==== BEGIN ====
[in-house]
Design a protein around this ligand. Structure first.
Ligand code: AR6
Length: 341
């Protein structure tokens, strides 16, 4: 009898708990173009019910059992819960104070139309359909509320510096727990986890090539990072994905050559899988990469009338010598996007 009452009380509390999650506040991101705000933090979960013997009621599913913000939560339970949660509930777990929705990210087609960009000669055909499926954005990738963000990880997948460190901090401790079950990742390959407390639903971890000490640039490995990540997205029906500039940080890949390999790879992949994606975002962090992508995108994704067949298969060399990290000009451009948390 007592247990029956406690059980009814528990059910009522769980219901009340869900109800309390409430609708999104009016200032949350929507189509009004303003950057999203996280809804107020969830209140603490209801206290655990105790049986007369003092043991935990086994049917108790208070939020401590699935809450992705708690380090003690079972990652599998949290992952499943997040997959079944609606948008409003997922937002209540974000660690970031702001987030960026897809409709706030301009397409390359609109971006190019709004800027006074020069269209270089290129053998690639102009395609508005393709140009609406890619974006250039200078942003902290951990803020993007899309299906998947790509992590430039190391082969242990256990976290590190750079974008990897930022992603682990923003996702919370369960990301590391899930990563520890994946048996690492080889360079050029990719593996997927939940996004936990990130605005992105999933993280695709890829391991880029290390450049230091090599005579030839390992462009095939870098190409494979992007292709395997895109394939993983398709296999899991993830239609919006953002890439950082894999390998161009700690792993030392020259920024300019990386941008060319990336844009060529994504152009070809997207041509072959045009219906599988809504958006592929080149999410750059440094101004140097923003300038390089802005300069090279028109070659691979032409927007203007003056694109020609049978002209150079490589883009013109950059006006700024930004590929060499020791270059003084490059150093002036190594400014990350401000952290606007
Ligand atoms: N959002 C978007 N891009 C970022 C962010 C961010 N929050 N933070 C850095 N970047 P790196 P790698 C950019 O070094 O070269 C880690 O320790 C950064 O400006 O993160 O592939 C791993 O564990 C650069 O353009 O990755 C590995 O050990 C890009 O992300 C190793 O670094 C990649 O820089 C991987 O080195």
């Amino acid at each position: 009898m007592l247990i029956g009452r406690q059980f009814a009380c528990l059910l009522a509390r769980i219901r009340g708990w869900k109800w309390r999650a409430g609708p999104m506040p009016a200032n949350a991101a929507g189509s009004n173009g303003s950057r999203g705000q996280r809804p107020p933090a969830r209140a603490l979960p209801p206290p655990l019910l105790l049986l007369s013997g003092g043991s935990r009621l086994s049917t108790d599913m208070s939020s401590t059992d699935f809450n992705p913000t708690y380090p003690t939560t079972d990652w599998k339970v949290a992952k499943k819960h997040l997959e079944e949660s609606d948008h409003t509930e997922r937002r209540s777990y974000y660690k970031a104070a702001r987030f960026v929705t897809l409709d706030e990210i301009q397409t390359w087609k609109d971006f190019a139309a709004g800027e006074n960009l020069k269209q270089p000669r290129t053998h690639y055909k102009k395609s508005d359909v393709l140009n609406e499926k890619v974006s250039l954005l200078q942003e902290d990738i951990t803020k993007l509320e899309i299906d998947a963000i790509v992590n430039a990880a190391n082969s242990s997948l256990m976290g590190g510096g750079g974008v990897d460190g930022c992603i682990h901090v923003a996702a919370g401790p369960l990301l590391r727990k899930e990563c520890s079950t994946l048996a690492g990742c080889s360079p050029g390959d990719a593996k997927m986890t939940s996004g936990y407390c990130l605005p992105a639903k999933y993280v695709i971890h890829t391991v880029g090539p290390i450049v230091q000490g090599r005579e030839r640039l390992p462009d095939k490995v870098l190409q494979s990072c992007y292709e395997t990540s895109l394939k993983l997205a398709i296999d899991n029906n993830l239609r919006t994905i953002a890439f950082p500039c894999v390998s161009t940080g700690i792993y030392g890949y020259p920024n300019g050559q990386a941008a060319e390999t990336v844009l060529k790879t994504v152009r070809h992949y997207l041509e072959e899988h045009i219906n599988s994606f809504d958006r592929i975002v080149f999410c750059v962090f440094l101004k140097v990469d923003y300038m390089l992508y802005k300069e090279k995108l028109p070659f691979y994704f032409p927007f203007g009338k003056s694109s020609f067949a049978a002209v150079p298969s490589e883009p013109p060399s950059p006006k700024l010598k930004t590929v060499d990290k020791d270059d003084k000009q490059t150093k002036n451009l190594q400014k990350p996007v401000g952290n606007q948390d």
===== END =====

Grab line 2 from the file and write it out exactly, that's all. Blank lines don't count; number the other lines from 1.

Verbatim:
Design a protein around this ligand. Structure first.